FWD.us to lead expanded line of work, hires criminal justice reform expert

FWD.us is continuing to deepen its commitment to criminal justice reform, and today is announcing the hiring of Zoë Towns, former Criminal Justice Project Director at The Pew Charitable Trusts, as its new Senior Criminal Justice Reform Director. Zoë’s record of developing and implementing successful reform strategies in states across the country will be integral to shaping how the organization achieves meaningful policy impact on this critical issue.

Prior to FWD.us, Zoë oversaw statewide reform initiatives in Oregon, Mississippi, Utah, Maryland, Alaska, and Louisiana for The Pew Charitable Trusts. There, she collaborated with elected officials, administrators, practitioners, and advocates to forge consensus policy solutions, build diverse coalitions, and advance comprehensive pretrial, sentencing, and corrections legislative reforms. Earlier in her career, she helped pilot and then direct The Bronx Freedom Fund, a community bail fund in the South Bronx.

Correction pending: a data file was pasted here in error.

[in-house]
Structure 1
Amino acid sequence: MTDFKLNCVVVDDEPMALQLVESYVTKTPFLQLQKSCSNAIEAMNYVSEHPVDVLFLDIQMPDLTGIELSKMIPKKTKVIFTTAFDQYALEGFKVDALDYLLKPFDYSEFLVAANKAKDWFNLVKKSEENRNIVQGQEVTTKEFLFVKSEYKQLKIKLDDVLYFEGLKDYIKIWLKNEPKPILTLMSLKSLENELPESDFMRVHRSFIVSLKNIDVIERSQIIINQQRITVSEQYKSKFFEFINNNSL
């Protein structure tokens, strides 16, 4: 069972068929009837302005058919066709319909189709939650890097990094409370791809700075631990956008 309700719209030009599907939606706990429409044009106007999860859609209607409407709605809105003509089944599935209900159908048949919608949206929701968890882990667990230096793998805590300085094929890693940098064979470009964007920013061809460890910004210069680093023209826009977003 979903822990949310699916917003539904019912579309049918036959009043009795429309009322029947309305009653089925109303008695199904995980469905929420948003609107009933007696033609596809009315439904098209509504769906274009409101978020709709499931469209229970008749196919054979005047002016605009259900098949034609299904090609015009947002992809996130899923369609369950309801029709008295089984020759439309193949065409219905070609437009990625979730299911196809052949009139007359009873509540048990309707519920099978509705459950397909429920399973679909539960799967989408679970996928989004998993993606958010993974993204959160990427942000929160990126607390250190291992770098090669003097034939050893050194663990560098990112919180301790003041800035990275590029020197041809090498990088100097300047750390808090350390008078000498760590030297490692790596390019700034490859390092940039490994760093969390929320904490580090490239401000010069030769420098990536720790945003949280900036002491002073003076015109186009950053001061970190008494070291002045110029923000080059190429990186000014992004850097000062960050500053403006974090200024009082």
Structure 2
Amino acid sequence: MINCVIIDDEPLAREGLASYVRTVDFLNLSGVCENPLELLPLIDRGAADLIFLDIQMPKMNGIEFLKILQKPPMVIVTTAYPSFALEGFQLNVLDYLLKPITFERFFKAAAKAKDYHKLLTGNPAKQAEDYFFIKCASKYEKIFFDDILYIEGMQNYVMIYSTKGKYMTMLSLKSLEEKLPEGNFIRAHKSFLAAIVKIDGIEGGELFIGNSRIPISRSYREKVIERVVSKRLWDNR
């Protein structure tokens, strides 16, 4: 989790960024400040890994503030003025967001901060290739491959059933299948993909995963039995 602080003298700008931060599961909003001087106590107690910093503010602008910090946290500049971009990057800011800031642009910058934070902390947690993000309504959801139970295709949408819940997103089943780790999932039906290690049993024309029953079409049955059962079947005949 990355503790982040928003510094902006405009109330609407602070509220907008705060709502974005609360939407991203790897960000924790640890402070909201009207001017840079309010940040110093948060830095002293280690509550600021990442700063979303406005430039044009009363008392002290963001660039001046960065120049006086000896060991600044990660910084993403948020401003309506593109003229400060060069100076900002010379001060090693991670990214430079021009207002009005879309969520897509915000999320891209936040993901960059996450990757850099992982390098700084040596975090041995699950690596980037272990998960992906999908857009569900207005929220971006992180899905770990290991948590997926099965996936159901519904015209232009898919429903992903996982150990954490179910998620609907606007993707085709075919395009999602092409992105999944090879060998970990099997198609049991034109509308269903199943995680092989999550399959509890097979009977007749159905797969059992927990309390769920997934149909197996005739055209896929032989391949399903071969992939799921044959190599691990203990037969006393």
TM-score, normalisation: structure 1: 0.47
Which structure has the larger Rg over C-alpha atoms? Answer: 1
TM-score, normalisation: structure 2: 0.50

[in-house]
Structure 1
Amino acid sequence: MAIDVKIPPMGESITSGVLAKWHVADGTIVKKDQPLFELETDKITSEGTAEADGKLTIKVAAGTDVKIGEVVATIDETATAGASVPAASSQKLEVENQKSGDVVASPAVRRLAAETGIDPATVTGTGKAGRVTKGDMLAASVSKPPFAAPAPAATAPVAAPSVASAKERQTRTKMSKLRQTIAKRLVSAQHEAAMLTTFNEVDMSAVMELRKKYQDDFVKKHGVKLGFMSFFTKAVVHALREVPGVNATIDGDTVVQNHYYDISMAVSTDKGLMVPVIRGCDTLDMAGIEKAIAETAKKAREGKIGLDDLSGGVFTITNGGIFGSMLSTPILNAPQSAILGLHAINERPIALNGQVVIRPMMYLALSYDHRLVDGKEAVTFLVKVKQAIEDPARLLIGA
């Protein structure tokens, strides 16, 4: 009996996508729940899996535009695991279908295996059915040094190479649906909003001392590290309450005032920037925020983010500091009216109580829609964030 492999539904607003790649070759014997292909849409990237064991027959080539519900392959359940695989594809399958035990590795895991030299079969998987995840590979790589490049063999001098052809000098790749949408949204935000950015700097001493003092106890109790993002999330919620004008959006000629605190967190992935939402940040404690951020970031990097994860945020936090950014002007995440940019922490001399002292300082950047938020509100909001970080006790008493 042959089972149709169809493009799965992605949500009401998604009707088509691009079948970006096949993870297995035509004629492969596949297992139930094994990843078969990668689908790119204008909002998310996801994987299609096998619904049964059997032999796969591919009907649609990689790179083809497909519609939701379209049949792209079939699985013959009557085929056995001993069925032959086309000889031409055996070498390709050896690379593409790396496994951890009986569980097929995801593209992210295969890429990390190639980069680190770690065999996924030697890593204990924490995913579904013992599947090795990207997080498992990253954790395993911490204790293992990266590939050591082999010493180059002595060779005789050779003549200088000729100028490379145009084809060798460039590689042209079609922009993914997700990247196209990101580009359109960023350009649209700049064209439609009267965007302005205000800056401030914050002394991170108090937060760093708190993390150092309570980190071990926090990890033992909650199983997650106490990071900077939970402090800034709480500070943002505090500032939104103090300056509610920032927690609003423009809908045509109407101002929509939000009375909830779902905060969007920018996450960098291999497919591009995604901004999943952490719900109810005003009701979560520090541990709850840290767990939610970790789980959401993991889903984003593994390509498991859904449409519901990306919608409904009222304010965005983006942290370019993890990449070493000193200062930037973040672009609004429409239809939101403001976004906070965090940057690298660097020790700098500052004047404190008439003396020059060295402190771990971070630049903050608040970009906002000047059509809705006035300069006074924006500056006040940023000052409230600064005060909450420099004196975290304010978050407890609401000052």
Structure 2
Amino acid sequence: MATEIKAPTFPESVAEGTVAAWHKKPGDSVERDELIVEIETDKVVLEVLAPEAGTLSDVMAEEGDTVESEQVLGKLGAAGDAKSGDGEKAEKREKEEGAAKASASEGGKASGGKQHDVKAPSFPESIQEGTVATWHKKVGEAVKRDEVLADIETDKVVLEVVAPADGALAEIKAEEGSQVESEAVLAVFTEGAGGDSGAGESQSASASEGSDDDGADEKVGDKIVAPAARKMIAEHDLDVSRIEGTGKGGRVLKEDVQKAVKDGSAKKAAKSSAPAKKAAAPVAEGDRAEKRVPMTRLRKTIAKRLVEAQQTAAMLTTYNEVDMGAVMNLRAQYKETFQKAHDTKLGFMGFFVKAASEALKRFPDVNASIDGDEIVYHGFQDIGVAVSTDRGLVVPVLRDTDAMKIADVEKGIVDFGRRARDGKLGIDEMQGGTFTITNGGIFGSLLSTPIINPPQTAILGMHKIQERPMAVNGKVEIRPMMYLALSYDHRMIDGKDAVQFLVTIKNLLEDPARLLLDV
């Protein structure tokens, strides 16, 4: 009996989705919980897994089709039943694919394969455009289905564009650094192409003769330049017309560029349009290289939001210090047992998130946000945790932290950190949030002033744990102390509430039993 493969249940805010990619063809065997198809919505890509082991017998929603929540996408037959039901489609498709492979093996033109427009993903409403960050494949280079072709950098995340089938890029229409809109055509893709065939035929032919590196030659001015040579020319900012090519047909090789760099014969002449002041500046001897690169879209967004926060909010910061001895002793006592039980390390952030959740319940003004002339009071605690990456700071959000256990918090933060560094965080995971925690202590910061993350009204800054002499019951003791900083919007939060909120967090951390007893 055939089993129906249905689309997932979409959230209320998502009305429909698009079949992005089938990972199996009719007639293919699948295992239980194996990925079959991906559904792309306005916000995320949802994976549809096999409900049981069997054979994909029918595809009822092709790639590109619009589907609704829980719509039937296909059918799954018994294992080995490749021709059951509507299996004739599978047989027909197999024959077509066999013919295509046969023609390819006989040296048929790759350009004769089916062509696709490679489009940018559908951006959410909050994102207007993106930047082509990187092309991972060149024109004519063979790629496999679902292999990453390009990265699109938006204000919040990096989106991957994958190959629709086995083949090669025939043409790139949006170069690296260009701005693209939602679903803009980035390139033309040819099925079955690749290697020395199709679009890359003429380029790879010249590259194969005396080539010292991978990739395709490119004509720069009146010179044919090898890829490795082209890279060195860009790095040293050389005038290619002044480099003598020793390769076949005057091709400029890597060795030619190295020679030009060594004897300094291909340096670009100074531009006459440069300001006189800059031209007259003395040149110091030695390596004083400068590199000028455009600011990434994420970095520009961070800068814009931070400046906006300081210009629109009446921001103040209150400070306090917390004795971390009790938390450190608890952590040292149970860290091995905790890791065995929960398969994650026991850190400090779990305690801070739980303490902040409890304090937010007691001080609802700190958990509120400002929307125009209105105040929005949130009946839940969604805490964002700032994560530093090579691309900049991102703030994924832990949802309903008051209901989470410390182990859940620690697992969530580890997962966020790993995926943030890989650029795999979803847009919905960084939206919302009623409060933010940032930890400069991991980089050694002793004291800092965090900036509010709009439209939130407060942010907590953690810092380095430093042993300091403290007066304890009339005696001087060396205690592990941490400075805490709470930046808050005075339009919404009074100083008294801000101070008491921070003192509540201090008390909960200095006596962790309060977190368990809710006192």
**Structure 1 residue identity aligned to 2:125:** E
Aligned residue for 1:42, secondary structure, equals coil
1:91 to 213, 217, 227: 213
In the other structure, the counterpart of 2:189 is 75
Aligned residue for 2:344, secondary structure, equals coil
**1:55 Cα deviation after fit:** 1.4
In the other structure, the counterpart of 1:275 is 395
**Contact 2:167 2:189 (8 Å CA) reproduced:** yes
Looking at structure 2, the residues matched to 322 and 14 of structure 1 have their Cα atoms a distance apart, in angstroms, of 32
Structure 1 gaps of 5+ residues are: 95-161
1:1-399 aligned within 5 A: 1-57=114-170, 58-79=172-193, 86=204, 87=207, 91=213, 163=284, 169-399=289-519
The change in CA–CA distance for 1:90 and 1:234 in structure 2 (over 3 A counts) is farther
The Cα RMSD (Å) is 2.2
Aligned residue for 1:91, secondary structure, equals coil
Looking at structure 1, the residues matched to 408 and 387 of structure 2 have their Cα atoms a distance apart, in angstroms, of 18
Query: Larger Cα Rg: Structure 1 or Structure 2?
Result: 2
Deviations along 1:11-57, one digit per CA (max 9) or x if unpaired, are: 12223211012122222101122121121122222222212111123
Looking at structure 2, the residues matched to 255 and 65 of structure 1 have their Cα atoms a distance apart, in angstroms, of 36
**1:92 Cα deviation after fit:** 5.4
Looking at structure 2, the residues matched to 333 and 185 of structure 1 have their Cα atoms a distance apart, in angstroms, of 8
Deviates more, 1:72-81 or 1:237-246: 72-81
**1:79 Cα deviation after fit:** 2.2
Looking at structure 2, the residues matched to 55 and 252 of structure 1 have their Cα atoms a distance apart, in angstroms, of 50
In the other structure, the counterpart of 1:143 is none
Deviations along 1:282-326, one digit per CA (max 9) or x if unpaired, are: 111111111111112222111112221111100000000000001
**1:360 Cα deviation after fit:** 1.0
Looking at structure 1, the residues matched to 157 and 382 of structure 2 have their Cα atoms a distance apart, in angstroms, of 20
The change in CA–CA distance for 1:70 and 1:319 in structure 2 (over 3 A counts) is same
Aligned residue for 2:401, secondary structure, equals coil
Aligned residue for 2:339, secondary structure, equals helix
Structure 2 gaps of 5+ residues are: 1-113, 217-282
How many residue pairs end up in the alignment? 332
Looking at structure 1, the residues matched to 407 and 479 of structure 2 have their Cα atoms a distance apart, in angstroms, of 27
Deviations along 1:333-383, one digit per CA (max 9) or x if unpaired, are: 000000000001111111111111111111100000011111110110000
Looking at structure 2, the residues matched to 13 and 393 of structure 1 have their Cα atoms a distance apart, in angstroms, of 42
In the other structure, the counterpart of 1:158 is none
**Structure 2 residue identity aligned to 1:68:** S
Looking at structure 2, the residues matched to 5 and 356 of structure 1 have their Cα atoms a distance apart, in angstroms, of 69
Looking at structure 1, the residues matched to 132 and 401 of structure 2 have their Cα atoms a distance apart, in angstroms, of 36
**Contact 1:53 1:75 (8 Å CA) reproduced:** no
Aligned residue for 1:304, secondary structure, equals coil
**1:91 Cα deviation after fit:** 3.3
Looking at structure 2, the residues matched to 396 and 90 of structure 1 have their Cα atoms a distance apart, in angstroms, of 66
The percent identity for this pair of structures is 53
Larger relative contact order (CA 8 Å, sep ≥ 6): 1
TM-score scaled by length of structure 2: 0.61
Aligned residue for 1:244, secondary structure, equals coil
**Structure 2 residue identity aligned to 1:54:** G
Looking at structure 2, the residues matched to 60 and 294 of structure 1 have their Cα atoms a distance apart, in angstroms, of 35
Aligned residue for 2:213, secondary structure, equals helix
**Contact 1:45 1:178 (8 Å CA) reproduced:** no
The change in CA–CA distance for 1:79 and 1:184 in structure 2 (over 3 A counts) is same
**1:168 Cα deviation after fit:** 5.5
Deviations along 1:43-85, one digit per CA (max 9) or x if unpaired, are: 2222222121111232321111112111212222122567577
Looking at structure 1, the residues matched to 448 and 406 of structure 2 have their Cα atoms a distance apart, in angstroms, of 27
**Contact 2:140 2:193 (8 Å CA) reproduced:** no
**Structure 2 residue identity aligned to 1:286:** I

“We are excited to welcome Zoë Towns to lead our criminal justice reform work. Her record of balancing policy expertise with political practicality to get impactful reforms through in red and blue states alike will be fundamental as we shape this line of work. With her help, our plan is to chase big, audacious goals in coalition with policymakers and constituencies from across the political spectrum,” said FWD.us President Todd Schulte.

FWD.us will focus its criminal justice reform work on 1) safely reducing the number of people incarcerated, 2) shrinking the criminal justice system, and 3) creating opportunities for the tens of millions of people who have been incarcerated or who have criminal records. At the same time, we are also redoubling our efforts around immigration reform, including increasing engagement with members on both sides of the aisle and organizing hundreds of business leaders, as well as hundreds of thousands of supporters around the country, to send a clear message to Congress that the time for a Dream Act is now.

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